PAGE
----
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Bound To Lose, Bound To Win? The Financial Crisis and the Informal-Formal Sector Earnings Gap in Serbia

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  • Blunch, Niels-Hugo

    () (Washington and Lee University)

Abstract

While the informal sector has received widespread attention in academic and policy arenas in recent decades, knowledge gaps and controversies remain. First, while the evidence is starting to emerge, there is still more to learn about the formal-informal sector earnings gap of the former Socialist regimes of Eastern Europe and Central Asia. Second, the widespread debate in both academic and policy circles of what constitutes "the" informal sector has led to substantial controversy and different definitions. Third, our knowledge is scarce regarding the impact of the current financial crisis on labor markets – both formal and informal. By examining the incidence and determinants of the formal-informal sector earnings gap for adult male dependent employees using two identical, nationally representative labor force surveys for Serbia – one just prior to the impact of the recent international financial crisis and one about a year into the crisis – for three alternative measures of informality, this paper adds to our understanding in all three of these dimensions. Among the main results is the finding of a substantively large formal-informal sector gap (favoring the formal sector), which appears to have decreased substantially overall following the crisis. Additional results suggest that formal sector workers are concentrated in better paying industries and occupations and have more education and other favorable characteristics than informal sector workers, and at the same time also have higher returns to their (already favorable) characteristics overall, with education and part-time status consistently among the main drivers of the observed gap.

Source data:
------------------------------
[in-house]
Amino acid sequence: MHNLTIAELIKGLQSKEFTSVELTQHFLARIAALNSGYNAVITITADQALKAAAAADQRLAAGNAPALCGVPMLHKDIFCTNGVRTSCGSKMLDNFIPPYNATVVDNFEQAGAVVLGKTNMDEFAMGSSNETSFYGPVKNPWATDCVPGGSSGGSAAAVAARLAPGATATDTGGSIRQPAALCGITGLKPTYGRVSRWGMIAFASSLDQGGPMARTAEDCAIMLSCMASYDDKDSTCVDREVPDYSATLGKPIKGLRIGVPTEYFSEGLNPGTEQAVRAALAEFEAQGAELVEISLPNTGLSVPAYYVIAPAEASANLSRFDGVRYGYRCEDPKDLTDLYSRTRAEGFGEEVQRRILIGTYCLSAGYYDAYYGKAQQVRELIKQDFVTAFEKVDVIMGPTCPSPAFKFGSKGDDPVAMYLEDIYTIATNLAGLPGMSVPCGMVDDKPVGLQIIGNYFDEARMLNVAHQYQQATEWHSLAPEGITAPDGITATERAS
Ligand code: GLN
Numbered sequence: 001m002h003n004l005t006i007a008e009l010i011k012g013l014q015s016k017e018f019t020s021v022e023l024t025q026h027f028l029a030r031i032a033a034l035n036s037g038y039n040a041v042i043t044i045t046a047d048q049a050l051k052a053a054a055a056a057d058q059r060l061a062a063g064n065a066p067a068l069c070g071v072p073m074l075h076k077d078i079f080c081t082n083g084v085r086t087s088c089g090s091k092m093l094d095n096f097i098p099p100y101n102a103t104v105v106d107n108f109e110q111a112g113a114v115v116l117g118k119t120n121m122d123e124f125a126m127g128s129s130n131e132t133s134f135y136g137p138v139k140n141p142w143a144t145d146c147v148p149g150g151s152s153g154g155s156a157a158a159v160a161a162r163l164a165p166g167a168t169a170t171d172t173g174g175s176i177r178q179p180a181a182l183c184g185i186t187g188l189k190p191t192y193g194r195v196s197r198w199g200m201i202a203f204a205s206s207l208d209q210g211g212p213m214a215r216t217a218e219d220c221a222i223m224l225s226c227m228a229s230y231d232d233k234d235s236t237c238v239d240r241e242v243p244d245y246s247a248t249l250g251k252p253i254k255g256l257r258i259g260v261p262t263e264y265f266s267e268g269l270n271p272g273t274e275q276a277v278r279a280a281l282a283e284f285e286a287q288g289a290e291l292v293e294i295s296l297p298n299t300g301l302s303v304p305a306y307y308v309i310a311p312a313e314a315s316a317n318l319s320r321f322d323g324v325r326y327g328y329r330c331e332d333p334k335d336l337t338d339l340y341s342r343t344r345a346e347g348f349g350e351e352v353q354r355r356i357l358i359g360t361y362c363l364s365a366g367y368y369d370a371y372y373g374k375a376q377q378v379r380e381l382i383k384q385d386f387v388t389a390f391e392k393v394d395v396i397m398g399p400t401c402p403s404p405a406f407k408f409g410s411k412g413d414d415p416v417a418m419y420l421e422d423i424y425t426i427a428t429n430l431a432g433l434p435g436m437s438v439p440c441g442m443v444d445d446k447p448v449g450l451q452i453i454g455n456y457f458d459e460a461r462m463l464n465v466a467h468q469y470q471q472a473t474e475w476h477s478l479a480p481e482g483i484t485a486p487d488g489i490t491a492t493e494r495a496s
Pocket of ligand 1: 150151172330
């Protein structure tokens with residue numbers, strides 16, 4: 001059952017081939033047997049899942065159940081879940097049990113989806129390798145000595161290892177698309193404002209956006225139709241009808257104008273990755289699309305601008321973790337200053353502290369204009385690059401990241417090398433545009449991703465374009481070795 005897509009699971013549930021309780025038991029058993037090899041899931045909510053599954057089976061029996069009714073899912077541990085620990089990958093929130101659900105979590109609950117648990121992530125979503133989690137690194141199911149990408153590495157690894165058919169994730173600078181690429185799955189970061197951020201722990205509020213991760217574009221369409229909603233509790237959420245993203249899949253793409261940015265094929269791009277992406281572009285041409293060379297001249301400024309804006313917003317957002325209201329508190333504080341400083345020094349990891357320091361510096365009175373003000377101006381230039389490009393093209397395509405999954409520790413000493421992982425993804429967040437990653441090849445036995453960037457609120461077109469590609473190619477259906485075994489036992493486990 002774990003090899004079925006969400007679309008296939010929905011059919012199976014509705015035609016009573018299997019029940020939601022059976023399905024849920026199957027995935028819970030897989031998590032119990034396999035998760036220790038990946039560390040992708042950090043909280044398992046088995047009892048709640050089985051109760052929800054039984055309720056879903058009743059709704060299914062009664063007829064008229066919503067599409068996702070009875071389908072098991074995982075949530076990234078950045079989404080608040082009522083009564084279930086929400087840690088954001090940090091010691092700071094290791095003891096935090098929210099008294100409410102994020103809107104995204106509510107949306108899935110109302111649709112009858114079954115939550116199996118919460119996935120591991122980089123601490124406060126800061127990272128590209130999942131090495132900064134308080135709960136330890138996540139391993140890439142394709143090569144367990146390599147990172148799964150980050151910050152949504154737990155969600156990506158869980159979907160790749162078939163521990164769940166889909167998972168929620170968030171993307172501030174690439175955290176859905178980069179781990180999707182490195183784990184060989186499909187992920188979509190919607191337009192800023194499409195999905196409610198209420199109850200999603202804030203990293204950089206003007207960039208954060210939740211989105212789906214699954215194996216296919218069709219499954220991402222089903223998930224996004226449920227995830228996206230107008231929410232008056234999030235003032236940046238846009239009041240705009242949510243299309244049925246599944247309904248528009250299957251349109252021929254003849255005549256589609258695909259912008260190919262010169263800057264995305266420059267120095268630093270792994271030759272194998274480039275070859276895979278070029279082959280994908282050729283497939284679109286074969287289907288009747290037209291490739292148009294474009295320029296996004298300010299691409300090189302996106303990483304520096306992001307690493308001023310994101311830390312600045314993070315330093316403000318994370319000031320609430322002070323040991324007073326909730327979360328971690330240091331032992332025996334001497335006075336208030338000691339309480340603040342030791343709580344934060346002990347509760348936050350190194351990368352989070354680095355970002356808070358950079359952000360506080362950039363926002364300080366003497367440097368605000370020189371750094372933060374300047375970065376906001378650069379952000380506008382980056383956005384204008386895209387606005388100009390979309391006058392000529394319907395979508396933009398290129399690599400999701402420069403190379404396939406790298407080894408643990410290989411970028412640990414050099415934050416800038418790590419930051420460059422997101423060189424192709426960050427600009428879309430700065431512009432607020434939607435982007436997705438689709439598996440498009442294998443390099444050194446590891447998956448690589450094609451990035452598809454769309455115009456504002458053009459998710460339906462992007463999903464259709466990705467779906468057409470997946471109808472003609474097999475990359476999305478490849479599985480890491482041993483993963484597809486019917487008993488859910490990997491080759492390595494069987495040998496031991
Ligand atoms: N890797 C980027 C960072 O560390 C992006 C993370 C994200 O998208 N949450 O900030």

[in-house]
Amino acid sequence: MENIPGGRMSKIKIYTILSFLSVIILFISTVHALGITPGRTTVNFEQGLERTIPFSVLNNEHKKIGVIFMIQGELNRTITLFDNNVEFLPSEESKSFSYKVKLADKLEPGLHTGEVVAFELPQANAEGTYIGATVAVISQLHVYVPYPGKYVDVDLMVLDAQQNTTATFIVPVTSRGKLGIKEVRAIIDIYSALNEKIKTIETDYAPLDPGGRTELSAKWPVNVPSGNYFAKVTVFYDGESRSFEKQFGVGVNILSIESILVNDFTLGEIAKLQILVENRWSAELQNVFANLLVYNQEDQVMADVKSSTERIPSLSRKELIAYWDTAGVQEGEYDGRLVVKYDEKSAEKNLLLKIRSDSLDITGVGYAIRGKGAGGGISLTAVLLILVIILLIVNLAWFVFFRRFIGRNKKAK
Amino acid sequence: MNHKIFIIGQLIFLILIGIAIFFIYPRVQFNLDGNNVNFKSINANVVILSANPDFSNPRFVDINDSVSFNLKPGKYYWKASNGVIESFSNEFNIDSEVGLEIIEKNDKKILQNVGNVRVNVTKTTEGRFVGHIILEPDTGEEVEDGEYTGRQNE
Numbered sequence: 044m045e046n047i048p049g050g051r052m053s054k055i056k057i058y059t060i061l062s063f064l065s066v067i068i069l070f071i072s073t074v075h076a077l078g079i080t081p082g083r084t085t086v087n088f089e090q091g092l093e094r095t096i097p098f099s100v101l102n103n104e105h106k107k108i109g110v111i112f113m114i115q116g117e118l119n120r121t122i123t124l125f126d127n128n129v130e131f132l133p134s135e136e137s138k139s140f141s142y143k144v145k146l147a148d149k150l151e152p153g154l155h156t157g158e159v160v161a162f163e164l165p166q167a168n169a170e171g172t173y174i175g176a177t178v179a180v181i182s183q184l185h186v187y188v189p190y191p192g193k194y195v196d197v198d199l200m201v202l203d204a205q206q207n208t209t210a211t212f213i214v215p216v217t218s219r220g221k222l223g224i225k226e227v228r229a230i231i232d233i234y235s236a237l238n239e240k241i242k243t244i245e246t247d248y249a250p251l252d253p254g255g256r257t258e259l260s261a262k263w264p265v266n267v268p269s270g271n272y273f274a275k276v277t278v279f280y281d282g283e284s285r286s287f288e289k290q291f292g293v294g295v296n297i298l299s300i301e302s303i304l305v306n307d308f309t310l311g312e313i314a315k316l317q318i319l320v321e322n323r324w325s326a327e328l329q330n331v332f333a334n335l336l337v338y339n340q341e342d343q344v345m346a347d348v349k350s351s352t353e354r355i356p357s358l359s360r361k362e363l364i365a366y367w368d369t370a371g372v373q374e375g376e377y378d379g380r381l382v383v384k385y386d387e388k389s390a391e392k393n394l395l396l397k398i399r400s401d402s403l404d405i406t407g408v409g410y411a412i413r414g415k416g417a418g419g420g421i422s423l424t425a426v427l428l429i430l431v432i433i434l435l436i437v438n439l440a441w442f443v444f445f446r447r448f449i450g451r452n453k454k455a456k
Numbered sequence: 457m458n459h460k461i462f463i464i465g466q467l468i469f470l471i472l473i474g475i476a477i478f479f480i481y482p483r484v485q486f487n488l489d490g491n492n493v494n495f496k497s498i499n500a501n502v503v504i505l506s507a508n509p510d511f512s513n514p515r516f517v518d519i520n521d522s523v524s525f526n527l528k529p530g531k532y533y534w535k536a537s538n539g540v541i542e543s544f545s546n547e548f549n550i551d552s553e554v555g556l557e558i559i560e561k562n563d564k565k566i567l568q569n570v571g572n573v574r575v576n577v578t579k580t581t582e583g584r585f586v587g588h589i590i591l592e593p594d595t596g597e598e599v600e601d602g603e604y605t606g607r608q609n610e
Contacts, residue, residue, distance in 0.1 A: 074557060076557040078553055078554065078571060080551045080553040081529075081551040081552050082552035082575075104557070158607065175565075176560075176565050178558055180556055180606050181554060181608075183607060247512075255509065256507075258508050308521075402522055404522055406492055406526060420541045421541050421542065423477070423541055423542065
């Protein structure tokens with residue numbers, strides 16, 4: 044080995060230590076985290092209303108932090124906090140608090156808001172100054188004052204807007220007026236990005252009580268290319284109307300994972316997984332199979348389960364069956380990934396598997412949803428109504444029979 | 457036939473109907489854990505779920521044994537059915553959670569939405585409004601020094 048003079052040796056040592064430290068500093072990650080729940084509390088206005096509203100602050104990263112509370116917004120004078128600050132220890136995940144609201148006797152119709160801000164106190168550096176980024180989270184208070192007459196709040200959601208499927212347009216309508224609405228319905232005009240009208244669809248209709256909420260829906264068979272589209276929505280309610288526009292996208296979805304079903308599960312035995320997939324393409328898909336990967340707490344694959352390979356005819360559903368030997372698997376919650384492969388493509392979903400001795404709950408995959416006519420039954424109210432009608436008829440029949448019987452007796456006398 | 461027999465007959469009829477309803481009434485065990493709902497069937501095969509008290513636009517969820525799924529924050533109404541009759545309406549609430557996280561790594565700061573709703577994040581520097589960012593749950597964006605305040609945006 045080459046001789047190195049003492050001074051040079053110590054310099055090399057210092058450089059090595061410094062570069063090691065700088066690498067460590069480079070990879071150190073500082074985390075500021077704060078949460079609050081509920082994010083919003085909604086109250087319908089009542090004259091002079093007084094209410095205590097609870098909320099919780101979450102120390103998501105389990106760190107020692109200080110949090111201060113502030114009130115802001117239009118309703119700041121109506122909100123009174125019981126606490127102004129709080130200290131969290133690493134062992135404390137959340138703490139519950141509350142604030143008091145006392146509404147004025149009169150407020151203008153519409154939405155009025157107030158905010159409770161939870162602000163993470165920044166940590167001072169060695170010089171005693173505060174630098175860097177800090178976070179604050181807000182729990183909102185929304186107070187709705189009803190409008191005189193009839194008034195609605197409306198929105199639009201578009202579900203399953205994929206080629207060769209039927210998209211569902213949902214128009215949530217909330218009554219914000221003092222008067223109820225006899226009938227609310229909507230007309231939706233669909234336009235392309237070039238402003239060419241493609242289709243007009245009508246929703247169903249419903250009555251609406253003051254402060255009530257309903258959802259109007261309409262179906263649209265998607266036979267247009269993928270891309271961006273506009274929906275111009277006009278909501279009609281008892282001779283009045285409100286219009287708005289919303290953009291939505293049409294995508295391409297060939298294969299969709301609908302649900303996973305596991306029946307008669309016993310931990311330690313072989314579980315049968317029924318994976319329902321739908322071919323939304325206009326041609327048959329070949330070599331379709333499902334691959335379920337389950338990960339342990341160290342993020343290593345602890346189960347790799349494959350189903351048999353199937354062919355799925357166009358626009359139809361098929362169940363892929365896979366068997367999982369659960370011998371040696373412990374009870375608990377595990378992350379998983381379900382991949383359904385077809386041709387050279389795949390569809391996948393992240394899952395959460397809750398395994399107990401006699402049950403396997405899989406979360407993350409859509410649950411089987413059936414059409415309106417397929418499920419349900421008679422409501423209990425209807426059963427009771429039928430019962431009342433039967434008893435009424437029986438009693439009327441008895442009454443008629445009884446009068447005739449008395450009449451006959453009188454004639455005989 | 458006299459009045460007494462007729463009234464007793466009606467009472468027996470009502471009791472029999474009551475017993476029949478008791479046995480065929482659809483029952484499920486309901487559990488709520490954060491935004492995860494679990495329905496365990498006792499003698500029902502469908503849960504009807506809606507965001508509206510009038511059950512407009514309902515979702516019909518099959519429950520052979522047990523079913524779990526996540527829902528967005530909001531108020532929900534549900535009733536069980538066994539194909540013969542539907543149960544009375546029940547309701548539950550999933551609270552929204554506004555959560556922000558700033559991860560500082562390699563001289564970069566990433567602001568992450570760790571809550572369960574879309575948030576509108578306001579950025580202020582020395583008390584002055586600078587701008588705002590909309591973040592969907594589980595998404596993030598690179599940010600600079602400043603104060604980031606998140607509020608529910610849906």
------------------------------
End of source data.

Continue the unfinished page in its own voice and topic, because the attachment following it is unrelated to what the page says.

Suggested Citation

  • Blunch, Niels-Hugo, 2015. "Bound To Lose, Bound To Win? The Financial Crisis and the Informal-Formal Sector Earnings Gap in Serbia," IZA Discussion Papers 9231, Institute of Labor Economics (IZA).
  • Handle: RePEc:iza:izadps:dp9231
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    Cited by:

    1. Aysit Tansel & Halil Ibrahim Keskin & Zeynel Abidin Ozdemir, 2015. "Is There an Informal Employment Wage Penalty in Egypt?," Working Papers 976, Economic Research Forum, revised Dec 2015.
    2. Gorana Krstić, 2016. "Why Income Inequality Is So High In Serbia: Empirical Evidence And A Measurement Of The Key Factors," Economic Annals, Faculty of Economics, University of Belgrade, vol. 61(210), pages 23-46, July - Se.
    3. Aysit Tansel & Halil Ibrahim Keskin & Zeynel Abidin Ozdemir, 2020. "Is there an informal employment wage penalty in Egypt? Evidence from quantile regression on panel data," Empirical Economics, Springer, vol. 58(6), pages 2949-2979, June.
    4. Aysit Tansel & Halil Ibrahim Keskin & Zeynel Abidin Ozdemir, 2015. "Is There An Infırmal Employment Wage Penalty in Egypt?," ERC Working Papers 1508, ERC - Economic Research Center, Middle East Technical University, revised Sep 2015.

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    More about this item

    Keywords

    international financial crisis; formal-informal sector earnings gap; labor market segmentation; earnings decomposition; detailed earnings decomposition; Serbia;
    All these keywords.

    JEL classification:

    • I24 - Health, Education, and Welfare - - Education - - - Education and Inequality
    • J31 - Labor and Demographic Economics - - Wages, Compensation, and Labor Costs - - - Wage Level and Structure; Wage Differentials
    • J42 - Labor and Demographic Economics - - Particular Labor Markets - - - Monopsony; Segmented Labor Markets
    • J46 - Labor and Demographic Economics - - Particular Labor Markets - - - Informal Labor Market

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